The second series of Britain’s Got Talent. has made its debut, with the first of seven weeks worth of auditions from across the UK.
Presenters Ant and Dec have returned to the show, along with judges Simon Cowell, Piers Morgan and Amanda Holden. The trio have the job of choosing which acts to put through to the next round, where they will face the public vote.
The eventual series winner will have the opportunity to perform in front of the Prince Of Wales at this year’s Royal Variety Performance – and hopefully follow the success of the 2007 series winner Paul Potts.
Potts, a phone salesman turned opera singer, wowed judges and public alike last year. Since winning the show, he has gone on to top the charts in 15 countries.
However, things got off to a rocky start this year, as aspiring keyboard player Michael Machell took to the stage to deliver his own reworking of the Star Wars theme.
Cowell described it as “probably the worst piece of music I have ever heard in my life” – but Amanda and Piers both gave Michael the thumbs-up, sending him through to the next round.
And things didn’t get much better for Simon, who dismissed one act after another.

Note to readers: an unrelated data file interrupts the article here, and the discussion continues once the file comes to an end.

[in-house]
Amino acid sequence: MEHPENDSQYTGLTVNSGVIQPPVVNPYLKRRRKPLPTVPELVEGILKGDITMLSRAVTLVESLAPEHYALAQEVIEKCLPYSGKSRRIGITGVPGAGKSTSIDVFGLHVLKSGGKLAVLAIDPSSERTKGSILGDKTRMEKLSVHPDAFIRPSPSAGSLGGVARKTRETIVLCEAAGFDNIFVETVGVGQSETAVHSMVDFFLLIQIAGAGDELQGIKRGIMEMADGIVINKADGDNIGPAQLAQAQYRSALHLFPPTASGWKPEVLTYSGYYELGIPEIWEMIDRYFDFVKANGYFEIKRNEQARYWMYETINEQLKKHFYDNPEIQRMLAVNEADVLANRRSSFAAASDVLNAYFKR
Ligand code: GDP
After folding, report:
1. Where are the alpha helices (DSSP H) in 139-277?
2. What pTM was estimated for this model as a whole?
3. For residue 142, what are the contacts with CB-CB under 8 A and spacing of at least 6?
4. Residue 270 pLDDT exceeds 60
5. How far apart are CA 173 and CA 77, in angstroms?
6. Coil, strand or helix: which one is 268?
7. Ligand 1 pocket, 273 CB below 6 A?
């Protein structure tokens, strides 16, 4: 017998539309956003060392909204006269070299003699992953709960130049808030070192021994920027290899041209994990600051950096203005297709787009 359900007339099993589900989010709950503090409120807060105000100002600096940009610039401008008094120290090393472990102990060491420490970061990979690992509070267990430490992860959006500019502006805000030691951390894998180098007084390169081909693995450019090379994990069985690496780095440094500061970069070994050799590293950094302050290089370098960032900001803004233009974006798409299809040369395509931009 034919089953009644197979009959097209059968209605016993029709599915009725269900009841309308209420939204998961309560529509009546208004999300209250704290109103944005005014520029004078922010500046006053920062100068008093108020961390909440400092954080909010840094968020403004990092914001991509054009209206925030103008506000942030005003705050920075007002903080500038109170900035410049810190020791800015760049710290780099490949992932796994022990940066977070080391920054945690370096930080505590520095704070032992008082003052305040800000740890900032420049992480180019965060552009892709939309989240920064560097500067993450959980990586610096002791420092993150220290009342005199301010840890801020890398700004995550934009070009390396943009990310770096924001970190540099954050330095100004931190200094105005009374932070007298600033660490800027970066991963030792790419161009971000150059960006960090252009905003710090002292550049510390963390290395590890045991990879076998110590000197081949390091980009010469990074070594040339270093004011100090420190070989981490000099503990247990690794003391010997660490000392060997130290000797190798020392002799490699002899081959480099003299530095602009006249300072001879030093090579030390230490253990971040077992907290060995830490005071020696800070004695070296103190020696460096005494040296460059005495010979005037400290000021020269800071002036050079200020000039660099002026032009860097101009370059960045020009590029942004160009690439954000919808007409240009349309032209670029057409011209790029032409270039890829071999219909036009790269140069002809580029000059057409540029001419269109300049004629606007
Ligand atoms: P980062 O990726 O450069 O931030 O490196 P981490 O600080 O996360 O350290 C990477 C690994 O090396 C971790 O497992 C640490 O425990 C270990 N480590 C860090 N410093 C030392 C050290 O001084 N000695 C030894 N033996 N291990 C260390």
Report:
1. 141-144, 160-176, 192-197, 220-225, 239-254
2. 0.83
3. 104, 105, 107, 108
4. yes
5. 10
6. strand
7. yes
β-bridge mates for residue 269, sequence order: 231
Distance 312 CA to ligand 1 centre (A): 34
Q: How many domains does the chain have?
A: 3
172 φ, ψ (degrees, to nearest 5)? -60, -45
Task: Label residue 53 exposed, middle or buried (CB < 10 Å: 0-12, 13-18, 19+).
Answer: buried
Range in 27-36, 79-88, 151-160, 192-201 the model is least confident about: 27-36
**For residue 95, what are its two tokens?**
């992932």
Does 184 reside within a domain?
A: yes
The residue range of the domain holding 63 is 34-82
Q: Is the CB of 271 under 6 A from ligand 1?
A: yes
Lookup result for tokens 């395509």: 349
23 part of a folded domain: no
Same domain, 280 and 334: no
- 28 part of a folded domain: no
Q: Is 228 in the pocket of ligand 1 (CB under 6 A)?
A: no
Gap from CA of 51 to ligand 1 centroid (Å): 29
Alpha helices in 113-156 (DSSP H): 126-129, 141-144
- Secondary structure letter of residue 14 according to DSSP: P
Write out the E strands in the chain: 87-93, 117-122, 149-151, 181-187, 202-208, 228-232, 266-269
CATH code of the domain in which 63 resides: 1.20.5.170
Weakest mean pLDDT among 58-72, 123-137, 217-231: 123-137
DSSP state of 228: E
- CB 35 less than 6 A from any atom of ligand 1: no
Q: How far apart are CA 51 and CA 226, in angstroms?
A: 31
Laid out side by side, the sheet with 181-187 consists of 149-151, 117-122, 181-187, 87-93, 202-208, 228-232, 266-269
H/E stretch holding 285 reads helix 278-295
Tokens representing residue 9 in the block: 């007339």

“I was hoping to find the next Shirley Bassey or Tom Jones, and I got a yodelling cowboy from Cardiff,” he sighed as security officer Pete Pearce showed off his talent.
However, it wasn’t all bad news. Contortionist Iona wowed all the judges at the Cardiff auditions, with Simon calling her act “spellbinding”.
At the Manchester auditions, club entertainer Craig Harper also won over the panel with his impersonations of Boyzone members Ronan Keating and Stephen Gateley.
Teenager Kate Nicholas and her talented dog Gin were also a hit with their “canine freestyle” routine. “I think we are going to have to consider the prospect of a non-human winning Britain’s Got Talent,” Piers told her.
London, however, produced some decidedly odd acts, including pensioner Joan who laid on a bed of nails and broke paving slabs over her next door neighbour’s back – and was promptly rejected by the judges.
And 12-year-old contortionist Daniel wasn’t too popular either, with Amanda saying his act made her “feel sick”.
Meanwhile would-be pop star Donald Bell-Gam was described by Simon as “the worst singer we have ever had on Britain’s Got Talent” – although he did win a fan in Piers Morgan. “The thing about you is you’re so bad you’re brilliant,” he told Donald. “I could listen to you for hours.”
However, electric string quartet Scala impressed the judges, with Simon calling them “phenomenal” before putting them through to the next round.